• Reviewing sample items
  • Completing practice items
  • Completing demographic info
  • Taking breaks

If you already know the time allowed for your assessment, you may have to work backwards or make some compromises. For example, if you know that you only have one hour for the assessment, and you have a large amount of content to cover, you may want to consider focusing on multiple choice and fill-in-the-blank questions, and stay away from matching and short-answer to maximize the number of questions you can include in the time period allowed.

To select the actual items for the assessment, you may want to consider using a Test Assembly Form, which might look something like this:

The content area is in the first column. The second column shows how many questions are needed for that content area (as calculated back in Part 2). Each item should have a short identifier associated with it, and this is provided in the “Item #” column. The “Keyword” column is just that – one or two words to remind you what the question addresses. The last column lists the item number of an alternate item in case a problem is found with the first selection during assessment review.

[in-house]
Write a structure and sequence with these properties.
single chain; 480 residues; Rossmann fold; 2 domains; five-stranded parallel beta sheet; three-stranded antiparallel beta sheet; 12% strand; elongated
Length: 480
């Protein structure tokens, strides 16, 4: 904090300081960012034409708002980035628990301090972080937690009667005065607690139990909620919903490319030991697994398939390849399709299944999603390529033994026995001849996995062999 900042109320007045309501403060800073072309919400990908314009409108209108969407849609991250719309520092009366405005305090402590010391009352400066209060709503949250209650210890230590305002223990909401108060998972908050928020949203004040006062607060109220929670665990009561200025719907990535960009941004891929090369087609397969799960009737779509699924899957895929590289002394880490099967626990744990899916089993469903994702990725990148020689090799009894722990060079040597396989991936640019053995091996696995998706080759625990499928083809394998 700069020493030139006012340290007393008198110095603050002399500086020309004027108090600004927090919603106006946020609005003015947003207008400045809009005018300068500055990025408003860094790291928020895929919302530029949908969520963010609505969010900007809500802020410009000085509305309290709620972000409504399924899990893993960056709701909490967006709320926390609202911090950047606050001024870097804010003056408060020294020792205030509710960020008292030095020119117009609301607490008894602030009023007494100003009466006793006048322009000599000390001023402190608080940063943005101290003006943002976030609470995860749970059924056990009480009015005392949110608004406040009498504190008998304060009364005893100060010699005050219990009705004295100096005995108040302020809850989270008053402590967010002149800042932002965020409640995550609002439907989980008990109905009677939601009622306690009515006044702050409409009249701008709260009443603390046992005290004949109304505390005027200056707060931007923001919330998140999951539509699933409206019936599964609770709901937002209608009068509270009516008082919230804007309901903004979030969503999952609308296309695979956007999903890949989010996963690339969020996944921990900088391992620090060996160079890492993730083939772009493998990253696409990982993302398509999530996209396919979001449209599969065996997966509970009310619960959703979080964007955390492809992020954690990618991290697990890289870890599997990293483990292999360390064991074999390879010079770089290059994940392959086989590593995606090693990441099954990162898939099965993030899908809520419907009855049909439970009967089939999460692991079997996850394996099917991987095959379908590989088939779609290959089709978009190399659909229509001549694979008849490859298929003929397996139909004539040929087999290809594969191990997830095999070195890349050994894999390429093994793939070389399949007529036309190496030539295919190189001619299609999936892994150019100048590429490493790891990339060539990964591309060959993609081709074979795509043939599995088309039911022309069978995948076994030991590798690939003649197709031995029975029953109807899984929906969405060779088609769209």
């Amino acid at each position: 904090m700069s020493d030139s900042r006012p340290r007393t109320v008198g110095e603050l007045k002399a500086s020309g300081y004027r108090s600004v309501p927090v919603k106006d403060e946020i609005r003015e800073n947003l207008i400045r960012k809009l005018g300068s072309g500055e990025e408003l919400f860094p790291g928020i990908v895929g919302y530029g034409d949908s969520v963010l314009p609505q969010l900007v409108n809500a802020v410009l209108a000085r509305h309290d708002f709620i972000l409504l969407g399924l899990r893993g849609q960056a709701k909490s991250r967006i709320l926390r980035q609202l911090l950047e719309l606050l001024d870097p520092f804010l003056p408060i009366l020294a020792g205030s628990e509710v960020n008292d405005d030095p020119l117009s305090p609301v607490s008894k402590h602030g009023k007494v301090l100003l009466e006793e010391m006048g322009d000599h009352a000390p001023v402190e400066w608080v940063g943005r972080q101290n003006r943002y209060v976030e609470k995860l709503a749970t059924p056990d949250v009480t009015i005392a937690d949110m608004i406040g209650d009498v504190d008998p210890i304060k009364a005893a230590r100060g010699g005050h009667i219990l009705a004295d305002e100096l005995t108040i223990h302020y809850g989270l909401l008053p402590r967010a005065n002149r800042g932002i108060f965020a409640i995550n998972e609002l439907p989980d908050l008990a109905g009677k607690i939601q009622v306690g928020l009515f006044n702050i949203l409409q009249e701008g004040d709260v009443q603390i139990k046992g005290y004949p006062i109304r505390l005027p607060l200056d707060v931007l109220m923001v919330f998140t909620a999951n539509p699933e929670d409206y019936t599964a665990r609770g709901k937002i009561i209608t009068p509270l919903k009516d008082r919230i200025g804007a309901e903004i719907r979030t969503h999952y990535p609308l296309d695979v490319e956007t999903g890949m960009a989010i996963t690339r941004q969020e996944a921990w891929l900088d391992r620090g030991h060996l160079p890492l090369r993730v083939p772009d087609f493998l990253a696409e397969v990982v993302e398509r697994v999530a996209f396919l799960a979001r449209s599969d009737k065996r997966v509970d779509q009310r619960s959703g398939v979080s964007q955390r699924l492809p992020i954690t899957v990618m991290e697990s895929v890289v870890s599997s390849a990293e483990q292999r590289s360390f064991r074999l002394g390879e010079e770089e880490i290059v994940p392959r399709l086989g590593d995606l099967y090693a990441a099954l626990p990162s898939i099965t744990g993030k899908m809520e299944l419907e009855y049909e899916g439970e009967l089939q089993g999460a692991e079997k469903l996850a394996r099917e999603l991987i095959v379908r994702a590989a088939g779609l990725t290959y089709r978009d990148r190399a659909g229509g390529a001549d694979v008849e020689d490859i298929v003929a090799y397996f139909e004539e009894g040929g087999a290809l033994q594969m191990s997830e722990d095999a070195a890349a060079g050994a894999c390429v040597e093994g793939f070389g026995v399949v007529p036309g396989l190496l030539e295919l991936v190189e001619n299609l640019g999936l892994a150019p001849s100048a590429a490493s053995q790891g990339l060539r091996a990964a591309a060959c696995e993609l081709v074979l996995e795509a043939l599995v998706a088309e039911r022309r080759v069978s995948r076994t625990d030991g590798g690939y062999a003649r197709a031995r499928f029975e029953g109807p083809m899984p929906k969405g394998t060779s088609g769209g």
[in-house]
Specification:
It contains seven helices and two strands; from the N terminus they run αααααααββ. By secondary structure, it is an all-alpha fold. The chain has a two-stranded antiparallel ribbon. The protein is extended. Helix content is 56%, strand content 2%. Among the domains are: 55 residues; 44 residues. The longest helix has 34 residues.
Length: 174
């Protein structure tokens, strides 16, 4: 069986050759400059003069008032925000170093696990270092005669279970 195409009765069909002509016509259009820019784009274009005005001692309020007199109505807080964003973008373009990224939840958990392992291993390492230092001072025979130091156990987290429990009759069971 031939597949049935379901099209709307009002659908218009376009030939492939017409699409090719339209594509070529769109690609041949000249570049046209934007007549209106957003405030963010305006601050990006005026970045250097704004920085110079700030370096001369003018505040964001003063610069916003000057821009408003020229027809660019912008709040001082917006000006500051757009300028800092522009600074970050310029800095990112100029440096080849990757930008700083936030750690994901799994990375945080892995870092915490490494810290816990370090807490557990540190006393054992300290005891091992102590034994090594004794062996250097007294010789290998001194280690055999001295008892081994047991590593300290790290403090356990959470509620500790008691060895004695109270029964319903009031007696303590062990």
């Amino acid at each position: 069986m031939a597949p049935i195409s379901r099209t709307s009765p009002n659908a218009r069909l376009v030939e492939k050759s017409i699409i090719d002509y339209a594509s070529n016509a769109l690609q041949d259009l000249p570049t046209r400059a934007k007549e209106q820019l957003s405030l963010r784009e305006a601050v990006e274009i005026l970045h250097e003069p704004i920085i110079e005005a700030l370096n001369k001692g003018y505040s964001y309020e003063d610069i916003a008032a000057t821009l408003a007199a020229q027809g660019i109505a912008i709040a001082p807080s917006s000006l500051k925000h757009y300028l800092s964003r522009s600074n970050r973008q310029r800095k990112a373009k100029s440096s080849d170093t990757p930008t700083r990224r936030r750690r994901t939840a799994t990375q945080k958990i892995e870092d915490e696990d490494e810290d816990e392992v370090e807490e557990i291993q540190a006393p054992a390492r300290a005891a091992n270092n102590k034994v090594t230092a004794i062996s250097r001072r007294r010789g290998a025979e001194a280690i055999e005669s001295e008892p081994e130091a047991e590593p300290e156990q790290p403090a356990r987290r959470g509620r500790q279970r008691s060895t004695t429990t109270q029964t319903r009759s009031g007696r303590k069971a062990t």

As you select items, watch out for two things:

1. Enemy items. This is when one item gives away the answer to another item. Make sure that the stimulus or answer to one item does not answer or give a clue to the answer of another item.

2. Overlap. This is when two questions basically test the same thing. You want to cover all of the content in a given content area, so each question for that content area should cover something unique. If you find that you have several questions assessing the same thing, you may need to write some new questions or you may need to re-calculate how many questions you actually need.

Once you have your assessment put together, you need to calculate the cutscore. This topic could easily be another (very lengthy) blog series, and there are many books available on calculating cutscores. I recently read the book, Cutscores: A Manual for Setting Standards of Performance on Educational and Occupational Tests, by Zieky, Perie and Livingston. I found it to be a very good book, considering that the subject matter isn’t exactly “thrill a minute”. The authors discuss 18 different methods for setting cutscores, including which methods to use in various situations and how to carry out a cutscore study. They look at setting cutscores for criterion-referenced assessments (where performance is judged against a set standard) as well as norm-referenced assessments (where the performance of one participant is judged against the performance of the other participants). They also look at pass/fail situations as well as more complex judgments such as dividing participants into basic, proficient and advanced categories.